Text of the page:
You can find the plot below under Insights / Resting Physiology in HRV4Training Pro, we also report the correlation between HRV and the RR interval length for the past 2 and 6 weeks, so that you can more easily spot any recent changes:
Finally, we have added Possible parasympathetic saturation as an automatically detected trend, hence the system will try to do the math for you:
Is this something that should concern you?
In general, parasympathetic saturation is a rare event. Over the years, I have received a few emails from users reading online that they should be sitting instead of lying down when measuring, and I just want to make something clear here: this is typically a non-issue.
If you are an elite endurance athlete, and you have experienced periods of suppressed HRV, low HR, and performed well in training or racing under high loads while your HRV was low, then you are a good candidate and it would be beneficial to measure while sitting or standing.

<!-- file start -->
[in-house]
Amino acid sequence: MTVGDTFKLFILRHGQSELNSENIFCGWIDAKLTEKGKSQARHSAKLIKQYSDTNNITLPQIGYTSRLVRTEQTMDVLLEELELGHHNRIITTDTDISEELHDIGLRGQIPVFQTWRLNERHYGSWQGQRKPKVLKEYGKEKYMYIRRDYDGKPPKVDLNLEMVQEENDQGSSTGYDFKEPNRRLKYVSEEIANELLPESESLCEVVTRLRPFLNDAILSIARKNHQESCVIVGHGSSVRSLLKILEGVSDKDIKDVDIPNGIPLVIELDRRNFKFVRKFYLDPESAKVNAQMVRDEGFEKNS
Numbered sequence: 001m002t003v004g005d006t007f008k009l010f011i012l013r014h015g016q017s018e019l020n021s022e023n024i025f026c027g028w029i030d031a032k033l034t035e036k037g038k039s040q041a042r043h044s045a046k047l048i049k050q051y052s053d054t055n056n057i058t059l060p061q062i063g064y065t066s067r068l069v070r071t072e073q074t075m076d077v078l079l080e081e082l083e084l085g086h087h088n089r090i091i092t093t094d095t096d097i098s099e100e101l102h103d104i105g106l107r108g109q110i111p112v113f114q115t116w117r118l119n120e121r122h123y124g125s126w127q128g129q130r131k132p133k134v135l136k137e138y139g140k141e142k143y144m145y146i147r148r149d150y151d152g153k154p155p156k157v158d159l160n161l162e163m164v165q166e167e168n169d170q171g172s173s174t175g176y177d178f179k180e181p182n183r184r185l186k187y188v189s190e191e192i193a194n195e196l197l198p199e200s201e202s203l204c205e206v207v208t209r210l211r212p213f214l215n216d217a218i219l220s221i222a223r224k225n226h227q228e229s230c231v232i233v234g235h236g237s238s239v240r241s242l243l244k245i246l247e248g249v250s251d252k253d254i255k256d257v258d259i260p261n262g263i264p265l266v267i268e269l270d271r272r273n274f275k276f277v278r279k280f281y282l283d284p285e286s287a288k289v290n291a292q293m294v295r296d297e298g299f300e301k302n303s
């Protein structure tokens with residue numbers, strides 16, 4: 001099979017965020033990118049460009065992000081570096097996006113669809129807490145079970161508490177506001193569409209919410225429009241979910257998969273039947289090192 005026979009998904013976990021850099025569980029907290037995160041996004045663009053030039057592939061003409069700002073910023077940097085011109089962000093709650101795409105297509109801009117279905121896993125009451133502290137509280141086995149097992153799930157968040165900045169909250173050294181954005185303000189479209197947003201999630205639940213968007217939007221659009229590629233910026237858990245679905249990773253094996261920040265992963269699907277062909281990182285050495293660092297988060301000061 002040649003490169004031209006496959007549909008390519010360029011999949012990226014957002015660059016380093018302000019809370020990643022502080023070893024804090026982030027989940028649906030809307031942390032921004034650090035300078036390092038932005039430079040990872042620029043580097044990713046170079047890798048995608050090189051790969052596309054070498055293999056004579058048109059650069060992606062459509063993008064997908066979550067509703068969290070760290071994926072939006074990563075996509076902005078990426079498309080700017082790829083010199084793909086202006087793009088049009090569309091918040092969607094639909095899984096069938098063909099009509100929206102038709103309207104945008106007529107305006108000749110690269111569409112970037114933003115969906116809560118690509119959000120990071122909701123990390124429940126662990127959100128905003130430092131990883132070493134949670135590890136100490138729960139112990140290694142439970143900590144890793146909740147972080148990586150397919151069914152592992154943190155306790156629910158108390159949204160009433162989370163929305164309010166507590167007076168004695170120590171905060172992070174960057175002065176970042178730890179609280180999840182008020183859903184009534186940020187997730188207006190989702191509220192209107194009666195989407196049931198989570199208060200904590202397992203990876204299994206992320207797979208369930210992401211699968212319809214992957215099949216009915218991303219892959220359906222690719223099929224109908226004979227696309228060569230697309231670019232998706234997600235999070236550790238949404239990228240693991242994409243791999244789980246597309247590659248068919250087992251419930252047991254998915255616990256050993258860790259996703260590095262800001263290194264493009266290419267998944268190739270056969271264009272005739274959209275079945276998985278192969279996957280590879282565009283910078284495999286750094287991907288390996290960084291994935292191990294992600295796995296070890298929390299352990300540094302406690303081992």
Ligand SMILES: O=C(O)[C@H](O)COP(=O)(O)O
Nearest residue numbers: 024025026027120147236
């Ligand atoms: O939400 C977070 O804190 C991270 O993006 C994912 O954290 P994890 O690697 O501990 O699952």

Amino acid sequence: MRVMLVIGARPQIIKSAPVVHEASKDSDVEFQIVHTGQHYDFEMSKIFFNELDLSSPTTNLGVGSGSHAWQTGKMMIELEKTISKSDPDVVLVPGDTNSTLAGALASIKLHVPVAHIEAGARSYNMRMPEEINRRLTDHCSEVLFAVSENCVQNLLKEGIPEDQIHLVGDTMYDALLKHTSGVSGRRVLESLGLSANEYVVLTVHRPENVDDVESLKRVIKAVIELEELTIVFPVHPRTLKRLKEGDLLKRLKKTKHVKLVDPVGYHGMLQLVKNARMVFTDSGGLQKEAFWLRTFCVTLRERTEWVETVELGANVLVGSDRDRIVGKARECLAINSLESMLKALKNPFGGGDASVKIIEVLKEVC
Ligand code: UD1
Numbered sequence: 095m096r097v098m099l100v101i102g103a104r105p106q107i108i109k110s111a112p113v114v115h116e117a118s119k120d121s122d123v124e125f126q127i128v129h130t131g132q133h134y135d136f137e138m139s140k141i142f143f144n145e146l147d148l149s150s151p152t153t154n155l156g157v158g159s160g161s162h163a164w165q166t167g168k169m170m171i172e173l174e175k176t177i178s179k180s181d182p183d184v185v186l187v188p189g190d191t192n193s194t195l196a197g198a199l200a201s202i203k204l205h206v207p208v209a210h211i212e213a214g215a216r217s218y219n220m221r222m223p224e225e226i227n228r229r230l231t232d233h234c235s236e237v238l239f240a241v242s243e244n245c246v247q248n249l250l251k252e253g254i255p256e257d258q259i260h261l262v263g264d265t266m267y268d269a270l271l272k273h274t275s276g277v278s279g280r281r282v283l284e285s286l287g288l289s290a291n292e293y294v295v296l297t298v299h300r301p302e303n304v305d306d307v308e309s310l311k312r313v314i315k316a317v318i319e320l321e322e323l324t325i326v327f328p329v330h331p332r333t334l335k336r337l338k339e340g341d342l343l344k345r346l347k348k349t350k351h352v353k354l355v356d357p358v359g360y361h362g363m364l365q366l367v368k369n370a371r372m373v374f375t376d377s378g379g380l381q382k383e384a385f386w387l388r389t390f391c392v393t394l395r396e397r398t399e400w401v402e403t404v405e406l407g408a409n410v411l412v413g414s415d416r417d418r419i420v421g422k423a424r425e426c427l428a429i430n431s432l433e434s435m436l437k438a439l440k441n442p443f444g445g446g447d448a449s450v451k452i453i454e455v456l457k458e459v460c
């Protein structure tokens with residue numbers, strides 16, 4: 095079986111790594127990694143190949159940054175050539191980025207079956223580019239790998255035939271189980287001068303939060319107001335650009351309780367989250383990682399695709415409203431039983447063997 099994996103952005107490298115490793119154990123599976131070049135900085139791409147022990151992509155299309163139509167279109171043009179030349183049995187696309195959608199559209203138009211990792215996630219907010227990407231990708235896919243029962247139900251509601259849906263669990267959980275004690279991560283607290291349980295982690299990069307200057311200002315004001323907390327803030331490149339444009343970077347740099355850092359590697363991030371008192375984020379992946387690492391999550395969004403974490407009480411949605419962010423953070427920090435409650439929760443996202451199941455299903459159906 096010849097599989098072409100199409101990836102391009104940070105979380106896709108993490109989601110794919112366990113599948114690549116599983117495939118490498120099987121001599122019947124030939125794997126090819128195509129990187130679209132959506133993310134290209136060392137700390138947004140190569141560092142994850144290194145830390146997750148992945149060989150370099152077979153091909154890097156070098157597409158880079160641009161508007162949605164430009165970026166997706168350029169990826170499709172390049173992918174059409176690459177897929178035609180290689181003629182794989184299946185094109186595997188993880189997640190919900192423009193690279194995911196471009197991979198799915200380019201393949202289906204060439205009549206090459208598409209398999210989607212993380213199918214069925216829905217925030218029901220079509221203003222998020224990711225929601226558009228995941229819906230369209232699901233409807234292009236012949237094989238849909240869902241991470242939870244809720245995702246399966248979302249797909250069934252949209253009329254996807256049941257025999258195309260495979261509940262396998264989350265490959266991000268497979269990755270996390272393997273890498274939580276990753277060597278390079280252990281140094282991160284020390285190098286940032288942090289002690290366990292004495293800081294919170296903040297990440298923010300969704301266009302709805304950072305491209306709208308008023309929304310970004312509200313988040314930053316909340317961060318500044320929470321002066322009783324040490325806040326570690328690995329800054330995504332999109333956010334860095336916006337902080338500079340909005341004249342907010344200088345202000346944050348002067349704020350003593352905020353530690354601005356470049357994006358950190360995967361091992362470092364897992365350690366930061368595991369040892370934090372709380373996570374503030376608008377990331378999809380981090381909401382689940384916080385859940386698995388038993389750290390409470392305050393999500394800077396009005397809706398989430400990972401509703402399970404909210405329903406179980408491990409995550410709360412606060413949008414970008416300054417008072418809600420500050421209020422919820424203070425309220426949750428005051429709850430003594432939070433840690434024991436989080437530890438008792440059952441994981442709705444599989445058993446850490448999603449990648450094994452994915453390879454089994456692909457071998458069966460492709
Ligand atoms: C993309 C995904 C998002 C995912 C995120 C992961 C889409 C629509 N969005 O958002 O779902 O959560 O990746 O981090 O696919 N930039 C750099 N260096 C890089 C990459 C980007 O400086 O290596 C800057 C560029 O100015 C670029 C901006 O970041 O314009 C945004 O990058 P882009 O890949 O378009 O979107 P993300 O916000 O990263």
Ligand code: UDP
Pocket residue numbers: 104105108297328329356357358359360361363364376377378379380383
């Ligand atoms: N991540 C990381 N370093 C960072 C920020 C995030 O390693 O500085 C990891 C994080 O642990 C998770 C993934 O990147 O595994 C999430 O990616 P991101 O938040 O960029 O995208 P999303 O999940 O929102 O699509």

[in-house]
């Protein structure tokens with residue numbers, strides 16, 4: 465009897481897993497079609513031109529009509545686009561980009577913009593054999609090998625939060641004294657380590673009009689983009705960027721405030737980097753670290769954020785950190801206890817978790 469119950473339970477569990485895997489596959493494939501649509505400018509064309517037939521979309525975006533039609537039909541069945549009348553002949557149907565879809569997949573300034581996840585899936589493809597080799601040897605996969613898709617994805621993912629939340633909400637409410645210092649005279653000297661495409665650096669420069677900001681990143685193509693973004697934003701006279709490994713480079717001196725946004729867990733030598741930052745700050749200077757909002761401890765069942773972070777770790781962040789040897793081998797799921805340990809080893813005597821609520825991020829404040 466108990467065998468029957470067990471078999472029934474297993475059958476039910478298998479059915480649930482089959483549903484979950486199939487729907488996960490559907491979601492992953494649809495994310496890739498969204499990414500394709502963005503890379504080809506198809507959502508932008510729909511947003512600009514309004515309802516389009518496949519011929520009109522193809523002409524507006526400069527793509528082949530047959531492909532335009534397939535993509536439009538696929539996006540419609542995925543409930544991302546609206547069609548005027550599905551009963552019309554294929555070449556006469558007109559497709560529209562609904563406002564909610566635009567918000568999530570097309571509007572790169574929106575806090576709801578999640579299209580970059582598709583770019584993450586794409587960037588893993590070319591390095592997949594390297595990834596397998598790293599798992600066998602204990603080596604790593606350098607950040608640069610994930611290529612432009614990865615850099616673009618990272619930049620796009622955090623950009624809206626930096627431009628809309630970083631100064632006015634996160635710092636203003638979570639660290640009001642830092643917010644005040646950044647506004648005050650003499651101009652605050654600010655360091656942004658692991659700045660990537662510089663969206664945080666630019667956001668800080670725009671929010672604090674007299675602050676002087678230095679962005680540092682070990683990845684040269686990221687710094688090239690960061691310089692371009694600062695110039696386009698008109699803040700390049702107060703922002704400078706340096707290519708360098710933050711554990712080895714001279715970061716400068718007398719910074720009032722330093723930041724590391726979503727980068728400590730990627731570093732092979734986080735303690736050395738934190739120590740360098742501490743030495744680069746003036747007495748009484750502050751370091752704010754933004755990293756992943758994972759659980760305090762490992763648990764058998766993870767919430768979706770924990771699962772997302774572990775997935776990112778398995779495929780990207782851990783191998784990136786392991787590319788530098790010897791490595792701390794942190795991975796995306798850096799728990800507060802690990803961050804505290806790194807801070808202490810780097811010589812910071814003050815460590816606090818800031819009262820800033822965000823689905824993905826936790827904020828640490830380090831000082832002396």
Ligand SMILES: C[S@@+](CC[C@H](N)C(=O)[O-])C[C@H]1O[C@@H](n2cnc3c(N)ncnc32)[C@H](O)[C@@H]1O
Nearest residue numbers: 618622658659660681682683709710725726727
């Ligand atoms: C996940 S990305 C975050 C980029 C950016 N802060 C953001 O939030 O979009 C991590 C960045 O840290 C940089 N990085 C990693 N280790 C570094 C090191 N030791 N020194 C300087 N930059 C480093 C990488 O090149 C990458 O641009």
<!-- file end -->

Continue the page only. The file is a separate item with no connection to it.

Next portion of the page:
Otherwise, please do not obsess over something that most likely will never happen, and keep taking your measurements in a consistent manner, so that you can benefit the most from analyzing the data in the long term, as shown in many case studies here.
If you have any doubts, you can login in Pro at HRV4T.com and check your own data.
I hope you will enjoy the new feature, take care!
 Kiviniemi AM, Hautala AJ, Seppanen T, Makikallio TH, Huikuri HV, Tulppo MP. Saturation of high-frequency oscillations of RR intervals in healthy subjects and patients after acute myocardial infarction during ambulatory conditions. American Journal of Physiology-Heart and Circulatory Physiology. 2004 Nov;287(5):H1921-7